FORT BRAGG, N.C. (WTVD) --For Lieutenant General Nadja West, this moment is surreal and humbling.
West, the nation's first African-American Army Surgeon General, is back on familiar ground. Eight years ago, the commanding officer oversaw operations at Womack Army Medical Center. On Wednesday, she returned to her old stomping ground in her first facility visit since her historic appointment in late 2015.
In addition to the Army Surgeon General and MEDCOM commander, West is the first black female three-star general and the highest ranking female of any race to graduate from West Point.
"I know myself and I'm just little old me so it's hard to wonder sometimes why it's such a big deal," said West. "But for those around me, I just try my best to work the hardest I can to be an inspiration for others who come from all different backgrounds, from all different beginnings."
West's background is unique. The youngest of 12, she said she was once an "orphan with an uncertain future." She and her siblings were adopted by an Army father and journalist mother who broke barriers in their own fields. West's father, Oscar George Grammar, Sr., would enlist as a Private and rise to the rank of Chief Warrant Officer 4 before his retirement 33 years later.
"He joined the Army in 1940 when it was still segregated, but he believed in the institution of the Army as one that provided for opportunities, provided for an example for our nation, which it did," said West. "A lot of advances, a lot of the integration efforts started with our military."
Ten of the family's 12 siblings served in the military.
"One of my earliest memories was of my brother walking me to kindergarten with his Army uniform on," West said. "I remember how proud I was of my big brother."
When West was 12, one of her sisters joined the Navy. She would retire as a Chief Master Petty Officer.
"I knew I was just waiting for my turn when I'd be able to serve, as well," West said of her childhood aspirations.
Fast-forward to 2016, and West has a simple goal as Army Surgeon General.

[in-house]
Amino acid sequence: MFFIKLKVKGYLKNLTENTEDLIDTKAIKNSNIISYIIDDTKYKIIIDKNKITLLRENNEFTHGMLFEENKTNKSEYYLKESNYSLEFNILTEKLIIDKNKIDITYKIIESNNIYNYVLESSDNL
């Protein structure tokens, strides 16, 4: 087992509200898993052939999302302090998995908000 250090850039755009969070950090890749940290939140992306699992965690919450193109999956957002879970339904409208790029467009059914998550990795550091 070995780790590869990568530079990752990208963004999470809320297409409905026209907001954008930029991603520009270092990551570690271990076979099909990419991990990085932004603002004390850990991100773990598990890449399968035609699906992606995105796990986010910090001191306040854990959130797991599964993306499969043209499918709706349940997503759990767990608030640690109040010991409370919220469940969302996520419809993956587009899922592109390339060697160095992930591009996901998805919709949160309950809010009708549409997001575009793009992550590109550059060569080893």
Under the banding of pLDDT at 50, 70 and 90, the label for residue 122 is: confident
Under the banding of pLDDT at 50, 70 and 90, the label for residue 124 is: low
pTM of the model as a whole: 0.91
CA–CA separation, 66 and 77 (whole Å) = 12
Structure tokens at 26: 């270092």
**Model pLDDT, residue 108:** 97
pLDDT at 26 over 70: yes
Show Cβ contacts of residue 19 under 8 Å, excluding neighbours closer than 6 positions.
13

"What I want to accomplish is to take Army medicine to the highest heights it can reach," she said. "The Chief of Staff of the Army, General Milley's priority, is readiness. He says 'readiness is my number one priority and there is no other number one,' and so as his surgeon general and the MEDCOM commander that has to be my priority, too- readiness."
That readiness includes finding solutions to the military issues that also plague the civilian community-obesity, poor nutritional habits, self health awareness, and sleep deprivation.
Calling Army medicine "an example of the best medical capabilities the country has ever seen," West also noted the milestones that welcome her at Womack this week. Since her 2010 departure, a lot has changed at WAMC. There's been an Emergency Department expansion providing better access and customer service for patients. There are individual birthing suites in the Mother-Baby unit.
During a town hall with the Fort Bragg medical community, West said the feedback was hopeful. Groundbreaking research and work is being done on the installation, and there is a positive outlook on what's to come, she said.
In a time of major downsizing and budget cuts, West said the Army is dedicated to fulfilling a care promise to troops, retirees and their families.
"I know we've gone through hard times and ups and downs, cuts swells of the population of the military and decreases after every war," West said. "Throughout we've always managed to maintain a healthcare system to take care of our own, and I assure them that this is another time in that continuum that we'll continue to be there to support our soldiers, our family members and our retirees who are entrusted to our care."
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